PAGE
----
In 1997, realscreen published its first issue. Over the past two decades, we’ve charted the evolution of the non-fiction content industry, chronicled the rise of reality, and explored the emergence of new platforms aplenty. In honor of 20 years of realscreen, we’ve rounded up several top producers and network execs to discuss the evolution of your industry, from their perspectives, in our Real Deal Q&A series.
CEO, ITV America
It’s definitely a time of flux for the television industry. What is the biggest challenge for producers in this new paradigm?
Our historical cable and broadcast clients are several years into their business model being stressed, which comes straight to us; and we’re too early into the SVOD story for the uptick in that business to make up for the stress on the former. But positive signs are on the horizon;
either, like music, the new players will become dominant or they’ll decide content is too expensive and the linear players will see the pendulum swing back.
Unscripted is going back to more of its roots, with content being less produced, as the audience is more savvy and expects more authenticity.
On the other side of the coin, what has been the most positive trend in this industry in the past decade?
Unscripted is going back to more of its roots, with content being less produced, as the audience is more savvy and expects more authenticity. This connects as well to bigger names, both in front of and behind the camera, who are seeing unscripted as the fun and creative place we always knew it to be.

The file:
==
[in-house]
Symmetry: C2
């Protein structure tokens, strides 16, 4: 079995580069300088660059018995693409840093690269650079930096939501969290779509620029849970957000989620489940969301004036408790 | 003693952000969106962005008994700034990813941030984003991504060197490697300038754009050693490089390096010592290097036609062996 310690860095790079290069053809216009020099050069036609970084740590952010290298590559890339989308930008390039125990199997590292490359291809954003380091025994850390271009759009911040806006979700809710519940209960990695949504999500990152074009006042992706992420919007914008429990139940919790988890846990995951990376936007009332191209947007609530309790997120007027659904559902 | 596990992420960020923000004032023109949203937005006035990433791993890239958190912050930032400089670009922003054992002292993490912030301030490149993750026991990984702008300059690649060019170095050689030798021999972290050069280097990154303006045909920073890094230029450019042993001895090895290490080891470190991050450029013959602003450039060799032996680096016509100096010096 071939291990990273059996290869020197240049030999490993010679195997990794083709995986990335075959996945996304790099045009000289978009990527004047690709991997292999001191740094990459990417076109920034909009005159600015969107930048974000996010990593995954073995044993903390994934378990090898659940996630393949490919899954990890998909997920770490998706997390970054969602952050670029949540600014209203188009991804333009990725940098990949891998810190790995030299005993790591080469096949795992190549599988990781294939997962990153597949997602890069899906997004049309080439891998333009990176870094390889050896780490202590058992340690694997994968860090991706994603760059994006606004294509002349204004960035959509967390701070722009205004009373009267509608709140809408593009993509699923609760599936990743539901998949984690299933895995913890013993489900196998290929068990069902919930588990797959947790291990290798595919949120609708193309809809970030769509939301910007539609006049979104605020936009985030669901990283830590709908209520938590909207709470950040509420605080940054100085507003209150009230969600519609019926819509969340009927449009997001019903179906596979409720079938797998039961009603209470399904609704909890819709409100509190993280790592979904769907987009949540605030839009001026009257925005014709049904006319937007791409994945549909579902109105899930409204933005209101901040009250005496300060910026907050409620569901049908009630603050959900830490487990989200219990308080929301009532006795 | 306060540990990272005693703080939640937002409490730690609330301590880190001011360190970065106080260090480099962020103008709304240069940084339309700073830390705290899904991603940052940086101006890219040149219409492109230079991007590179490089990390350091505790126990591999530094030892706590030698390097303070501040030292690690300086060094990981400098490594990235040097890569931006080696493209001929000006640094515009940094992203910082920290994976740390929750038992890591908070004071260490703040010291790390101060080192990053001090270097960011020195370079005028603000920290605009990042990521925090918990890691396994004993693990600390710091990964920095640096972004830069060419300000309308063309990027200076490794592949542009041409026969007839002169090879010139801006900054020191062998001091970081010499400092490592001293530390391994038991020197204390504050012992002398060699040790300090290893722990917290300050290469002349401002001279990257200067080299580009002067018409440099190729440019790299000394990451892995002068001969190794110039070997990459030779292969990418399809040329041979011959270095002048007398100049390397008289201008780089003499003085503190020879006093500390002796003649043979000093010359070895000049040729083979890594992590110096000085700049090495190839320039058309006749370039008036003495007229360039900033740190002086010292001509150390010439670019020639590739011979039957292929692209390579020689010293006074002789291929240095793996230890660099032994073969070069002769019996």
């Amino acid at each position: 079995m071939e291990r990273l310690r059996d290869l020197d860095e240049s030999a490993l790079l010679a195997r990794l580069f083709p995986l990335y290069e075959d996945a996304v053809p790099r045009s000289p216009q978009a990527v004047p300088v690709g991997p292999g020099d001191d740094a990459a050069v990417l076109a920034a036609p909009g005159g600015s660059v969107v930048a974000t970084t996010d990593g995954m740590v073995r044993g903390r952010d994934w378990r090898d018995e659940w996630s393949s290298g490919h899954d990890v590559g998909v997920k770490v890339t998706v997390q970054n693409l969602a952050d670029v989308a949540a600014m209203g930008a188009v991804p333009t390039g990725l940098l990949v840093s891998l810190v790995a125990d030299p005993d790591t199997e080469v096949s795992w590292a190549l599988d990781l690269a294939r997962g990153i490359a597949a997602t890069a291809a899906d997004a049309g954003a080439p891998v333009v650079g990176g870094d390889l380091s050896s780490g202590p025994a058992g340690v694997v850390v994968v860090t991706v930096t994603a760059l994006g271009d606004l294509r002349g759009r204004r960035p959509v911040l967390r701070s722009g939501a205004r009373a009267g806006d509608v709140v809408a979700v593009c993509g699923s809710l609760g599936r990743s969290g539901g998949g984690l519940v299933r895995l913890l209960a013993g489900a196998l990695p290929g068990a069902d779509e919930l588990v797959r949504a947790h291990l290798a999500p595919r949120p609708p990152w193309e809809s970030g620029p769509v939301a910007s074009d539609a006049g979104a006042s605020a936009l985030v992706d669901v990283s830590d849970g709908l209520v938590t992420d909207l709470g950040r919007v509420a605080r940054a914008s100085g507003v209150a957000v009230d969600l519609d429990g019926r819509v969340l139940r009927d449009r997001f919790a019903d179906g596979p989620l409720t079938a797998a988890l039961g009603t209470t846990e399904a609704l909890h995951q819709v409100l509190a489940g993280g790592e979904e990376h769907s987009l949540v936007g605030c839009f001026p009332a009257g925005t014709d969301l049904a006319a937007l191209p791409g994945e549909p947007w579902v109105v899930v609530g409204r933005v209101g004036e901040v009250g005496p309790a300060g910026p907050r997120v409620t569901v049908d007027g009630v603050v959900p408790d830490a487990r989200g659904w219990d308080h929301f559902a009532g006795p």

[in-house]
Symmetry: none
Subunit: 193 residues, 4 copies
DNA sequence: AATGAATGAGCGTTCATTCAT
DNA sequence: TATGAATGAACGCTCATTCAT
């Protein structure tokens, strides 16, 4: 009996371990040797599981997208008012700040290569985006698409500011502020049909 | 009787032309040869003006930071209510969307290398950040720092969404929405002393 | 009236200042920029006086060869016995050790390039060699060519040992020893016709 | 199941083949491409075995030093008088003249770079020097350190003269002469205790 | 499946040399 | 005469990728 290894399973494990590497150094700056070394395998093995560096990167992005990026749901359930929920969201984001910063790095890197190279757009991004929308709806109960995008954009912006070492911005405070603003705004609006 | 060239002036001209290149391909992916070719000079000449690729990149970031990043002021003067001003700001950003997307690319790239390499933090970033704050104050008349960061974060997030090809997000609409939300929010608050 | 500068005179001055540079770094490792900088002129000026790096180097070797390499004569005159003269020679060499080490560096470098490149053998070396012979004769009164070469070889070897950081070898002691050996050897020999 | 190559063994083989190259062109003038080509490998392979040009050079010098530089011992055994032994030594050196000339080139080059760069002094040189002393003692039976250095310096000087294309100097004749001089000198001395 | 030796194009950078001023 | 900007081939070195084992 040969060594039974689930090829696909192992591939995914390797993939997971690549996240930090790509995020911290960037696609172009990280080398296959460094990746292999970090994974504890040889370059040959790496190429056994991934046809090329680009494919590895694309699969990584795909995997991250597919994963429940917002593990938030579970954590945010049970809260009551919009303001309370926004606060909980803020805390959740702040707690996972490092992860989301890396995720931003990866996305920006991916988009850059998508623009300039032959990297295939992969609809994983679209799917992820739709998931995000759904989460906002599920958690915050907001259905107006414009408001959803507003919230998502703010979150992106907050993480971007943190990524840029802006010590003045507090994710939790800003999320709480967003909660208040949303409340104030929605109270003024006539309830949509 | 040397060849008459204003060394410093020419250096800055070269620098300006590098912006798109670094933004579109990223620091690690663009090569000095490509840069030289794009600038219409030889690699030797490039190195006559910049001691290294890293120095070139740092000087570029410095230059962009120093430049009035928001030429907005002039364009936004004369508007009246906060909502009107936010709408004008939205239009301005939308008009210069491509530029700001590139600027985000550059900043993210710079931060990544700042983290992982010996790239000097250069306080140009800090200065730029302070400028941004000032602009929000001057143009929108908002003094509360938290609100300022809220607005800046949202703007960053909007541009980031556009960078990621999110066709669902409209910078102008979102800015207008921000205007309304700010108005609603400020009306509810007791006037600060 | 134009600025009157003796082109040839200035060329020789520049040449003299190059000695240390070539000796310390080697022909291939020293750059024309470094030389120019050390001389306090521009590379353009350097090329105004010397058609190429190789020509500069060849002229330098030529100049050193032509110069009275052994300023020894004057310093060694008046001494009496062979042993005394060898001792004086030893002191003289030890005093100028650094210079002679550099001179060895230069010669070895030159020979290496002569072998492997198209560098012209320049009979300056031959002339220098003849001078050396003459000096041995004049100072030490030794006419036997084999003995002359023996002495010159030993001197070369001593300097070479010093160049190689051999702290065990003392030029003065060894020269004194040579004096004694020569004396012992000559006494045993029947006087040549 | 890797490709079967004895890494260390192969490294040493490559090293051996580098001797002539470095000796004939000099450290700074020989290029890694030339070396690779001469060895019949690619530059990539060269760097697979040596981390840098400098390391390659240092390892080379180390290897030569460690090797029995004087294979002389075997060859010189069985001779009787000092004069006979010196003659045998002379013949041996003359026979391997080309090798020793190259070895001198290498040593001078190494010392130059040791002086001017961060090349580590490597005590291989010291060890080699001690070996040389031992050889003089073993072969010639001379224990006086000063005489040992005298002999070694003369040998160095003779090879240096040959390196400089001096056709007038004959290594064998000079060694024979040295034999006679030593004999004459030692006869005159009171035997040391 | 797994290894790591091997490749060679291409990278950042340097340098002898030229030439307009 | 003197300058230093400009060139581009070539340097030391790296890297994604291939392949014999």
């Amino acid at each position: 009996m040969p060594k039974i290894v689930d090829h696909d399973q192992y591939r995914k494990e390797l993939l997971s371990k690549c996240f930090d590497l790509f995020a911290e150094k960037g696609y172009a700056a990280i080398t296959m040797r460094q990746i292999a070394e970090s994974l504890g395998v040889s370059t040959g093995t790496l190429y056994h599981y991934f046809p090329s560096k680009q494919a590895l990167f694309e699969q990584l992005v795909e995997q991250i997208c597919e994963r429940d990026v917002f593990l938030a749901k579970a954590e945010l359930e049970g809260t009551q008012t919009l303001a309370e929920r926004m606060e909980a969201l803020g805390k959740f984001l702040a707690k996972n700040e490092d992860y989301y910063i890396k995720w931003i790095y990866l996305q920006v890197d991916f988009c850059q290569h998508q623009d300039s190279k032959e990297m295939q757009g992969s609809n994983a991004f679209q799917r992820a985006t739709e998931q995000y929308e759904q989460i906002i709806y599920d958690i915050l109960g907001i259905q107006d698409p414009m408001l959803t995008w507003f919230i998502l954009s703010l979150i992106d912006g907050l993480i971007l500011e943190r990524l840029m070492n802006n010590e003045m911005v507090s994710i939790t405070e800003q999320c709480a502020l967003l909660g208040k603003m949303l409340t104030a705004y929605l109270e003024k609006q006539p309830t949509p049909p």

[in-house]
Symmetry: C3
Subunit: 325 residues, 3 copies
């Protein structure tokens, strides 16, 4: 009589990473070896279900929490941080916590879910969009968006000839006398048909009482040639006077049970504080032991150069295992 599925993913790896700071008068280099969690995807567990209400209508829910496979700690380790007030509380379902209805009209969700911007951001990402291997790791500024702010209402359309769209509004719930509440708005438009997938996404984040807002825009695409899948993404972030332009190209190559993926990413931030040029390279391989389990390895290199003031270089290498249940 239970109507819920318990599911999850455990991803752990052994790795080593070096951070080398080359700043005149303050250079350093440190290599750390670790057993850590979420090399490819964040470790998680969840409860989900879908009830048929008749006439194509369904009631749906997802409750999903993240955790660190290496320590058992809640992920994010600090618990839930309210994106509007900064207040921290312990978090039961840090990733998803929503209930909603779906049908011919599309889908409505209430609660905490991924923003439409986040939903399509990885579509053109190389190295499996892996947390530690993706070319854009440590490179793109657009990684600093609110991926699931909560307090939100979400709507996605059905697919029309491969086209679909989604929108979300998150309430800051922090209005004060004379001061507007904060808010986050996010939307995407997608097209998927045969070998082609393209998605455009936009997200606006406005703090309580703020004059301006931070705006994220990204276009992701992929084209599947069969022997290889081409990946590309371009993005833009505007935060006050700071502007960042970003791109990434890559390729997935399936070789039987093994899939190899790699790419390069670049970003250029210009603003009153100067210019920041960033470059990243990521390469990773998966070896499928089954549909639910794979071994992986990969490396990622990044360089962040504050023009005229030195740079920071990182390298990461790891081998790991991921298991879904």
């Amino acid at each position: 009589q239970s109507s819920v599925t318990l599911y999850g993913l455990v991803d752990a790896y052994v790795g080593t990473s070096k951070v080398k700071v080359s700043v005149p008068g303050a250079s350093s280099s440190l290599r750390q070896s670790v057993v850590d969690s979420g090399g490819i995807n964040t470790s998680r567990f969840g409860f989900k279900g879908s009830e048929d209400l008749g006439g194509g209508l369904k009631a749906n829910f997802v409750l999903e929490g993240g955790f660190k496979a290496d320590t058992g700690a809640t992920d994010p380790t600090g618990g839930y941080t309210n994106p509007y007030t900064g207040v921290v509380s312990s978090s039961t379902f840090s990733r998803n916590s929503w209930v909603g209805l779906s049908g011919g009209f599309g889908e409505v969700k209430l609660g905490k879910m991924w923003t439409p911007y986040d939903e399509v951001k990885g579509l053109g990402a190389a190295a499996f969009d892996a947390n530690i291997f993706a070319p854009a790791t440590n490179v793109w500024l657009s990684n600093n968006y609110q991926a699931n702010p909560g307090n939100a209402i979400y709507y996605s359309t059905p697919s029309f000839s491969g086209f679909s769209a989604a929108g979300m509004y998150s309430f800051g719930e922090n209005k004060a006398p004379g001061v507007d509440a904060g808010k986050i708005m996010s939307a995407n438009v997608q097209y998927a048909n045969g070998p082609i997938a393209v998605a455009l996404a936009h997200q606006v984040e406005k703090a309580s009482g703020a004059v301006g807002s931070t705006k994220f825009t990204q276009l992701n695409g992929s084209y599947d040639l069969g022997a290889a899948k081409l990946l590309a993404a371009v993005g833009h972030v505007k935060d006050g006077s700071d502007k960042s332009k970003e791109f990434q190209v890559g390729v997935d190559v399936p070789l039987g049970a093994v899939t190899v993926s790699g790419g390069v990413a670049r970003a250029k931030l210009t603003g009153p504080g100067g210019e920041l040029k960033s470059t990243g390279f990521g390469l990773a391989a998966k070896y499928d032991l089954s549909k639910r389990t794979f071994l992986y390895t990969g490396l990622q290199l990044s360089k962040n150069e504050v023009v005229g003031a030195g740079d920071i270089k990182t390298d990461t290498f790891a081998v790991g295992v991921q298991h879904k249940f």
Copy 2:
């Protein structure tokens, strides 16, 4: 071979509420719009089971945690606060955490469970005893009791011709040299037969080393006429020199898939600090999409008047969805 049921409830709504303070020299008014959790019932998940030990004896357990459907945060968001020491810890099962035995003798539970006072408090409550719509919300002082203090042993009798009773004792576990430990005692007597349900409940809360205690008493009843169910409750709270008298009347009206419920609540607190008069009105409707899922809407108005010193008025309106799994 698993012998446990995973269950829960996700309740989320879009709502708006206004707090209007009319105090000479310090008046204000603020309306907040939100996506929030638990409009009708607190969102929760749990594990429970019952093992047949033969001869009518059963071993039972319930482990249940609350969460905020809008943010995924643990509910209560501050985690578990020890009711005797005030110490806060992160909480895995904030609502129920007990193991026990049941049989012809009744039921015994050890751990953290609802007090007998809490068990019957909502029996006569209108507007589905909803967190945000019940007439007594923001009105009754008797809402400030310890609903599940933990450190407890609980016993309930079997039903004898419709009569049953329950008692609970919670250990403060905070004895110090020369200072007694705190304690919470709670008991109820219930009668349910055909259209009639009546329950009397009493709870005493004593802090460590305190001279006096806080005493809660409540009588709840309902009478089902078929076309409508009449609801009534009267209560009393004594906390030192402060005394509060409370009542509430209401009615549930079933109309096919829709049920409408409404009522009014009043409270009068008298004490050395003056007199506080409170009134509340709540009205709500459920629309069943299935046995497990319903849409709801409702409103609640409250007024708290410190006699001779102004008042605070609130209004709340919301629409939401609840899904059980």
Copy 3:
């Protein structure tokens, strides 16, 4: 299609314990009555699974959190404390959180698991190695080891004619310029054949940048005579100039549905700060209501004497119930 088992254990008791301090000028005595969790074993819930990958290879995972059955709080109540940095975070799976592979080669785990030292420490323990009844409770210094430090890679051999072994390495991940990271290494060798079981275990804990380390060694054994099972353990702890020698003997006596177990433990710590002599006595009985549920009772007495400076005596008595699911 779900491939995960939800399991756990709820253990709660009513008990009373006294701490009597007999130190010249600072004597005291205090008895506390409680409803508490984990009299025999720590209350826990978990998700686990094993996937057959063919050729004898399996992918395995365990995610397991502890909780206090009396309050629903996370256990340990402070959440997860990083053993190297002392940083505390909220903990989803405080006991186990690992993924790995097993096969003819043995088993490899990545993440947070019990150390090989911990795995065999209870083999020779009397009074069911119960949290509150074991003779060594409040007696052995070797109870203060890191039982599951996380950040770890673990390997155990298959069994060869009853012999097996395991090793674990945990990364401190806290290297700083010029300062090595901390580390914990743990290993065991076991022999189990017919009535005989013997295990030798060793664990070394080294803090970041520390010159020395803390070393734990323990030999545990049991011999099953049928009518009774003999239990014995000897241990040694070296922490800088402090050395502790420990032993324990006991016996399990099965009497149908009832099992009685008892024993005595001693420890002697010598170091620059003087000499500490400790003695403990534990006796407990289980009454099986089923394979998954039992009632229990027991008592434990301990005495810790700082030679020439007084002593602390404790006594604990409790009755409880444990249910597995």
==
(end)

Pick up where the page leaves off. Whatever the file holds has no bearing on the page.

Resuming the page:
Your original production company, Leftfield Pictures, grew in size and stature almost in tandem with the unscripted explosion of the past decade, and was likely key in creating that explosion, with the success of programs such as Pawn Stars. Now that the industry has matured to a degree, what advice would you give to an aspiring producer about carving out a path in today’s climate?
There has been so much change since then that it’s hard now to even compare. The networks expect so much more from producers to get to series. If I were starting a new company, I would partner more to spread my development resources further while drafting off the knowledge of a bigger team.
Let’s get out the crystal ball. In the wake of cord-cutters,mergers and acquisitions, and a bevy of new platforms dabbling in content, give us a glimpse of what you think the unscripted content industry will look like by 2020.
I expect we’ll know by then whether people will take the time to go through the OTT menu to watch unscripted like they have with scripted. It’s only a couple more clicks but we haven’t seen it done on a wide enough sample size to know definitively that the audience will do it in large numbers.
What has been your favorite unscripted program over the past 20 years?
Naked and Afraid – such a clean and fun format.
What words of wisdom would 2017′s Brent Montgomery give to 2007′s Brent Montgomery?
Create a live show around police work and value teamwork ahead of everything else.